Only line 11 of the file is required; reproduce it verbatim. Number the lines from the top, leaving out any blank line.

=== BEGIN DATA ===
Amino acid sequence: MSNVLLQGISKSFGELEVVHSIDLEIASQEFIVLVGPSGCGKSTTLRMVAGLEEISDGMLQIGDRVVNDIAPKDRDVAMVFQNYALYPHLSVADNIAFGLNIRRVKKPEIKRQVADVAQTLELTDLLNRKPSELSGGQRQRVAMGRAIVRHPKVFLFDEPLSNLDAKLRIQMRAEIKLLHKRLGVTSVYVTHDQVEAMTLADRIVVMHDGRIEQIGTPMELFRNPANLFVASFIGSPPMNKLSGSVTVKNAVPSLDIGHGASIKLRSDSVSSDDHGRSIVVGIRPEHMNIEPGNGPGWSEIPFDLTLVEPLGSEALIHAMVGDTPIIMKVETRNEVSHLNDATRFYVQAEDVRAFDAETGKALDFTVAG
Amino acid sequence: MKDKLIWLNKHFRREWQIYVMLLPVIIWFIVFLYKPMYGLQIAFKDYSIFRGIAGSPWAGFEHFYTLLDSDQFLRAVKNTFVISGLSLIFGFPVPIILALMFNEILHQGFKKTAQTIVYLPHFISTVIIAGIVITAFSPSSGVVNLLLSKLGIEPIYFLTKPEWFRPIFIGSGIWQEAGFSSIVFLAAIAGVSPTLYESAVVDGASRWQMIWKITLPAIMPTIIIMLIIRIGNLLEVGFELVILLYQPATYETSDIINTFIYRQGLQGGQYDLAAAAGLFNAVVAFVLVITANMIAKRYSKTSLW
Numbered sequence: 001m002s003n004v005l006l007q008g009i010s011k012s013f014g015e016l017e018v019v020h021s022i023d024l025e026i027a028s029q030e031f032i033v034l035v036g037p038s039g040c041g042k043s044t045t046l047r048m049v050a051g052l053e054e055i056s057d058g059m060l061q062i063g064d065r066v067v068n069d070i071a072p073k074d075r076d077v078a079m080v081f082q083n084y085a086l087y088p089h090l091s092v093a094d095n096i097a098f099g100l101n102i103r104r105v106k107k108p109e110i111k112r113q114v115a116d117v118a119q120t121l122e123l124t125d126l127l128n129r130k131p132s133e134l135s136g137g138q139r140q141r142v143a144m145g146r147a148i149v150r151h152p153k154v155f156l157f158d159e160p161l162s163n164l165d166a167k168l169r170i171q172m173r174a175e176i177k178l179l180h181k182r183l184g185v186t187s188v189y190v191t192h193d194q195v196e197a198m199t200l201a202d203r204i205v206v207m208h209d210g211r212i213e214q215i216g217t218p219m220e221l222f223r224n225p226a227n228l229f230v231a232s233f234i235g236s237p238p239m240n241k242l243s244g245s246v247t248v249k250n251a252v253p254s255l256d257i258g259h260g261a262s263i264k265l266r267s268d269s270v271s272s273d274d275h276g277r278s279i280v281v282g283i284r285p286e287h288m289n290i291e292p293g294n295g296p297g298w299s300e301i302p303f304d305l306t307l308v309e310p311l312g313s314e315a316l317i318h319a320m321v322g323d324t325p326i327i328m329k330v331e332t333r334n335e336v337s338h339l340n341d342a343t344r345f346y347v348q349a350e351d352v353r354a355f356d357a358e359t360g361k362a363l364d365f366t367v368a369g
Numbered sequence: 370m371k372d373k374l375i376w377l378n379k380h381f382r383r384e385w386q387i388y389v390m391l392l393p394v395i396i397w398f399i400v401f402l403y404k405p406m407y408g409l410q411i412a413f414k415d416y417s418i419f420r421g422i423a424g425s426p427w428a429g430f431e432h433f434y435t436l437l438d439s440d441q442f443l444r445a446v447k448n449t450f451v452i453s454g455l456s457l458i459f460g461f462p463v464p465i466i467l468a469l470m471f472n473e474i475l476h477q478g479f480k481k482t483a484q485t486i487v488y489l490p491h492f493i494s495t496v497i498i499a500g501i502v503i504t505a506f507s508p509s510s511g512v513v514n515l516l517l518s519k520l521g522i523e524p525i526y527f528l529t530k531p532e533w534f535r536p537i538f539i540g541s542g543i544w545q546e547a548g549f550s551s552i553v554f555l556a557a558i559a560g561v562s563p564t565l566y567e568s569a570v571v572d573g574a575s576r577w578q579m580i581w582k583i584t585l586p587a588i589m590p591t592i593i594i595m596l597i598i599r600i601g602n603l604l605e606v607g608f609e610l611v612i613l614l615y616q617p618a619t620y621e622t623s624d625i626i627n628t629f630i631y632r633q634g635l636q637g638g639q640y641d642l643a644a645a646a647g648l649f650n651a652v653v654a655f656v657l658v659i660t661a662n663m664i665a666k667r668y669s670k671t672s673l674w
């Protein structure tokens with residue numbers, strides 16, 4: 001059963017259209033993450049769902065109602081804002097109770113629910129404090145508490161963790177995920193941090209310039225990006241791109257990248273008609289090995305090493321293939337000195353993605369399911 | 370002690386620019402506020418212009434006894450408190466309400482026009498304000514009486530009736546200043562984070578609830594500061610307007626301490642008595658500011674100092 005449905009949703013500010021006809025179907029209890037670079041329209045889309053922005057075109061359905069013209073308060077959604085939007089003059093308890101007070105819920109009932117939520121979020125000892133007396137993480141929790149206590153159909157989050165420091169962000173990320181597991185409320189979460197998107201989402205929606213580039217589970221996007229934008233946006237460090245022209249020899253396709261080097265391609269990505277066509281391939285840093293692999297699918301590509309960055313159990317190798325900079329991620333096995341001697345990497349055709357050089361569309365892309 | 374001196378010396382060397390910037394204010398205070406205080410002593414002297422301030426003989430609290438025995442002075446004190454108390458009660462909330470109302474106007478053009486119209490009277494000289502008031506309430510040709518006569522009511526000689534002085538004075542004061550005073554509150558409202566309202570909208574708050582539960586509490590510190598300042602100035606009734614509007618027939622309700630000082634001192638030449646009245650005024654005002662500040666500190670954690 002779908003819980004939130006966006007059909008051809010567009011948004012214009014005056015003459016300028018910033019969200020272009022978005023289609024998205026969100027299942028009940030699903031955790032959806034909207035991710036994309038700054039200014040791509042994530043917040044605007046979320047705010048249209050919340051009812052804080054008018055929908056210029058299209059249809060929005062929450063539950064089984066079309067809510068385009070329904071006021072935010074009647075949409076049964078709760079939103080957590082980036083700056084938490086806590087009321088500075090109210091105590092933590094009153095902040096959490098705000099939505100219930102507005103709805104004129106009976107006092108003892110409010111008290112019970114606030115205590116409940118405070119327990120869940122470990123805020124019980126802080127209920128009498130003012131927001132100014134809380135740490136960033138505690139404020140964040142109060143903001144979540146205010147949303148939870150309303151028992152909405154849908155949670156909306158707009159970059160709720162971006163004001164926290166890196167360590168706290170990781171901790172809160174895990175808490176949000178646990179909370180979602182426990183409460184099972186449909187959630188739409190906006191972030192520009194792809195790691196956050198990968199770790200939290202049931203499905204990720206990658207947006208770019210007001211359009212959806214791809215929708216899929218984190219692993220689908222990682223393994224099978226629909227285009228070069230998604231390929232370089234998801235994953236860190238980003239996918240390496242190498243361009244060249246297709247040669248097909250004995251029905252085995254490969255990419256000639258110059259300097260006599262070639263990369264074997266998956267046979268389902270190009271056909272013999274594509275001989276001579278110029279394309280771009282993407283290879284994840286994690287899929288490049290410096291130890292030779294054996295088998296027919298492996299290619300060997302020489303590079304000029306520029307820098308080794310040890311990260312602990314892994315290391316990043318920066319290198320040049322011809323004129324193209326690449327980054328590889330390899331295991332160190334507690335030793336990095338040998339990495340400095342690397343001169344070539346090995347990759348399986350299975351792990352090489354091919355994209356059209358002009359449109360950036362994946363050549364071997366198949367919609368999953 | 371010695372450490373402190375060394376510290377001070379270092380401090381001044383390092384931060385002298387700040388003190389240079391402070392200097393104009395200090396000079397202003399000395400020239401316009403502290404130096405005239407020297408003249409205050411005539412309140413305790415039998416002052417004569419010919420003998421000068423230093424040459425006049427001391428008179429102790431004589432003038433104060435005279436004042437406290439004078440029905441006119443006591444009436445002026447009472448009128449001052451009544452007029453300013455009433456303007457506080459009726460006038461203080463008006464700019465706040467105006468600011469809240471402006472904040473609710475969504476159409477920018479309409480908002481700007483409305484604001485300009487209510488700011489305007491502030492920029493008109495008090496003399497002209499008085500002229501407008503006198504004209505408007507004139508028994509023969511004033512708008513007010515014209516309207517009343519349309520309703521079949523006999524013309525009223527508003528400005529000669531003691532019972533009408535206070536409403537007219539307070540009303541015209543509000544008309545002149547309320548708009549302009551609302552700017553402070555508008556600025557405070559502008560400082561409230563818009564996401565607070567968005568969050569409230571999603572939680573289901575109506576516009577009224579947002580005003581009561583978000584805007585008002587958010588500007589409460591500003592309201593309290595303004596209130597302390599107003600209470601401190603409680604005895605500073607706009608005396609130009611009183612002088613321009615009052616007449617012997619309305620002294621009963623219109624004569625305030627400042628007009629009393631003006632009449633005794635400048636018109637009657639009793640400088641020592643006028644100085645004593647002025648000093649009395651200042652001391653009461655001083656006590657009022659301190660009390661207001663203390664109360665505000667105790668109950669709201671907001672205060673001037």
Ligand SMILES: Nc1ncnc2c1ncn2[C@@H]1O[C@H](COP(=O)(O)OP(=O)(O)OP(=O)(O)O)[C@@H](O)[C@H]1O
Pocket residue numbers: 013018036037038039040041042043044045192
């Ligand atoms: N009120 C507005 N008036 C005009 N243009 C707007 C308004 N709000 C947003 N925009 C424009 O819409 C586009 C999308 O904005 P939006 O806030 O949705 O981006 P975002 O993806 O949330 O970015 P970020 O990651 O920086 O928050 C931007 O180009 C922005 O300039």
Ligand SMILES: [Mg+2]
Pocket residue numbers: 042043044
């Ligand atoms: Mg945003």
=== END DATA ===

């Ligand atoms: Mg945003």